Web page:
Miami and South Florida are bleeding as many people as its adding as its just too expensive. If a city cant attract all types of people then its not a great place yo be, No one moving to Atlanta should expect a bargain of which no one would call Miami a "bargain" unless they are well off.
The best cities should offer a balance for all income levels .Unfortunately every major city is becoming un-affordable and that includes Atlanta.

Miami being so expensive you would expect the schools system should be better,more quality museums and institutions,etc. Not to say Miami doesnt have some of that but it should be far better than below cities like Atlanta.
Miami biggest problem currently is retaining millennial. The average age is 33.1 in Atlanta . In Miami is 40. Which again is a telling factor that shows its the older you are you are likely to live in a more high cost areas.
Miami lags behind every almost major city when it comes to median incomes.You cant have so many people making so little in abundant tourism jobs that cant afford housing.

You just sound rather snobbish in your post and they just dont show the reality of why and how the average person chooses a place to call home.

Definitely agree with you when it comes to offerings to those not ultra rich. Miami is so expensive that one of my good friends who lives in North Miami and has a $20/h wage job can't even afford a studio! I've convinced her to move up North whenever covid ends. Just imagine living in "desired" areas where rents are easily $2,500+ and wages in Miami are lagging behind national standards. The inequality in Miami clear as day honestly and it's insane that I know people who make $120,000 a year and they're struggling because Miami is that expenses. The marketing there is cleaver, they say "oh no state tax" but forget that Miami has high COL with rents/groceries, insurance, energy bills, property/school taxes, transport costs are insane and all the fees too. Even someone like myself making six figures, it was hard to live a fulfilled life in Miami. Compared to where I am now, even though taxes are much higher, I'm left with more savings and can therefore live more freely.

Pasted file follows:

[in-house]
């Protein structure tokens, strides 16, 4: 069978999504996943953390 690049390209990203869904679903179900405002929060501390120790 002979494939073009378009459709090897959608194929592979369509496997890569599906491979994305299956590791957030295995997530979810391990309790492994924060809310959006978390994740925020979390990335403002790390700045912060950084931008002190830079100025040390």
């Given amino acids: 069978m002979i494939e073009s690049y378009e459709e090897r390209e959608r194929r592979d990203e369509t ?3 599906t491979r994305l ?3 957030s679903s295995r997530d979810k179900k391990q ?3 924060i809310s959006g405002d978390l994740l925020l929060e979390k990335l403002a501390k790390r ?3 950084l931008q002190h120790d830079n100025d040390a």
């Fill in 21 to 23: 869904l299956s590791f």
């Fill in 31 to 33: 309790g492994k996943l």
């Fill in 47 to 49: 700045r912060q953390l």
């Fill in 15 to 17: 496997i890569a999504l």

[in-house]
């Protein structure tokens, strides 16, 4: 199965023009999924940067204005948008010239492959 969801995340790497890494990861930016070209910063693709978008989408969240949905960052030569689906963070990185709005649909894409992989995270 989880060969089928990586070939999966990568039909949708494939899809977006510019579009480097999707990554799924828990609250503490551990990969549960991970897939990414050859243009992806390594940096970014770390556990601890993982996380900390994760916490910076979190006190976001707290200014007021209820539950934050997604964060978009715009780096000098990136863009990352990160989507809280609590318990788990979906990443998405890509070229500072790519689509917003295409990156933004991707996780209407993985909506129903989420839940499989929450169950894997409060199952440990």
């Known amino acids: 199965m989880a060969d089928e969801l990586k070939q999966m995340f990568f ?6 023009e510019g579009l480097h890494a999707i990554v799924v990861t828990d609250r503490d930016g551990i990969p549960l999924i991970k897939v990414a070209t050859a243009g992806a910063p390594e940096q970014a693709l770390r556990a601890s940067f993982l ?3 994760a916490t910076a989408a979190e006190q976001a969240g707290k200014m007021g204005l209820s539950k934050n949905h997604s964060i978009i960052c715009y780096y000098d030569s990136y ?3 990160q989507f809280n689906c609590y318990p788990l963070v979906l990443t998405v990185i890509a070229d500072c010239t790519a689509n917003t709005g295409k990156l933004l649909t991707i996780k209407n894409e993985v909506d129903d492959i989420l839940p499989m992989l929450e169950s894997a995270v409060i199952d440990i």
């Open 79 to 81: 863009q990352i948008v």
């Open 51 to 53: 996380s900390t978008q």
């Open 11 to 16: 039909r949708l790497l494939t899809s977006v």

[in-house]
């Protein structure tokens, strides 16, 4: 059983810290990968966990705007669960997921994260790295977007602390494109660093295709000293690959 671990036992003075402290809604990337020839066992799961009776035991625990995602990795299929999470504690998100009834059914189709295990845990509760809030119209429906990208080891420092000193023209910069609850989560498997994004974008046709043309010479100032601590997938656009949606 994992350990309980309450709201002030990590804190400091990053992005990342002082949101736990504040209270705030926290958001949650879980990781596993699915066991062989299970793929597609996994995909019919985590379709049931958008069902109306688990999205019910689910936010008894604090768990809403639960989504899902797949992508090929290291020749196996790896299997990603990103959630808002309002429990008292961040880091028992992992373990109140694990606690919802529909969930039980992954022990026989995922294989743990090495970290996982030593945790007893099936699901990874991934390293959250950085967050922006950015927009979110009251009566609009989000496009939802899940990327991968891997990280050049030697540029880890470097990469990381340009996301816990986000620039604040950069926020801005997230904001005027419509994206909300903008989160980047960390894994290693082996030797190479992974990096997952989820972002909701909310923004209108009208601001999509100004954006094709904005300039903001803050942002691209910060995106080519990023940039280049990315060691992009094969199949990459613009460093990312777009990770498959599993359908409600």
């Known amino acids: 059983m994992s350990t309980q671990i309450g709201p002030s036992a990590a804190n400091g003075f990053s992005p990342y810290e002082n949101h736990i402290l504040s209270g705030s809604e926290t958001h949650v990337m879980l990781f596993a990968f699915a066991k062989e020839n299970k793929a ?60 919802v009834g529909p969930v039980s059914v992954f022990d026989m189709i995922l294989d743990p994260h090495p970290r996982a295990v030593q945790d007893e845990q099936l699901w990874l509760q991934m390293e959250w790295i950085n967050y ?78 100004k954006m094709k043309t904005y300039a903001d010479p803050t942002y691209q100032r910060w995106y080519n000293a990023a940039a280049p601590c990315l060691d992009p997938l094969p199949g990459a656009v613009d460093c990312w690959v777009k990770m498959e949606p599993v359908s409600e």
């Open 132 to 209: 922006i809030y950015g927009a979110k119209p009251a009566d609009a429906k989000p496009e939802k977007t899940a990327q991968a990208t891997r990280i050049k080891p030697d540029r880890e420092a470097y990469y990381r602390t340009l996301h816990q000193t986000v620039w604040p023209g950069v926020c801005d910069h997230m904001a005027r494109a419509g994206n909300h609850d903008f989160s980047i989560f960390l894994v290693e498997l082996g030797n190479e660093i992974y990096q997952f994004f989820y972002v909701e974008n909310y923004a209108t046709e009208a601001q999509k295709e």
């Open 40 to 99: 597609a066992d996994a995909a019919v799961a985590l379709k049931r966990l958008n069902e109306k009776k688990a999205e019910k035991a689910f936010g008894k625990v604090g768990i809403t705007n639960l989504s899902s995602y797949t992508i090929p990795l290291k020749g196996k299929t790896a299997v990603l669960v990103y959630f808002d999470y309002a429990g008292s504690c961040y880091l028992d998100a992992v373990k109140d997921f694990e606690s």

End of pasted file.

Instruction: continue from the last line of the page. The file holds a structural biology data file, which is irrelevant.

I don't think I've ever seen a city try so hard to attract only the elites like Miami. The whole Miami Tech movement is really a lobbying effort for the city's mayor, as his business is invested heavily in bitcoin and real estate (and in typical Miami fashion, they don't step down from these positions). Some businesses have indeed opened offices there, but for the most part it is speculation. But the whole "only the wealthy make the city better" mantra Miami has had since the early 2000s has made the city so tacky, fake and trying so hard to be the next NYC, SF, Dubai and all that, it's sad to see. It is easily one the most unequal city I've ever lived in and not everyone gets to benefit from it, unless you're ultra wealthy.

It also explains why the net gain population wise in MDC has been between 1500-2000 people a year in 2018/2019 and will probably be in the negatives for 2020. The city is so expensive and is exclusive to those who have all the money. It is a consumption city that portrays itself as a "utopia" for the elite, but it's chaos for the common people. High poverty rates, the homeless population figures are skewed (they only account for visible homeless people), low wages, lack of high quality jobs, education is subpar, I can go on.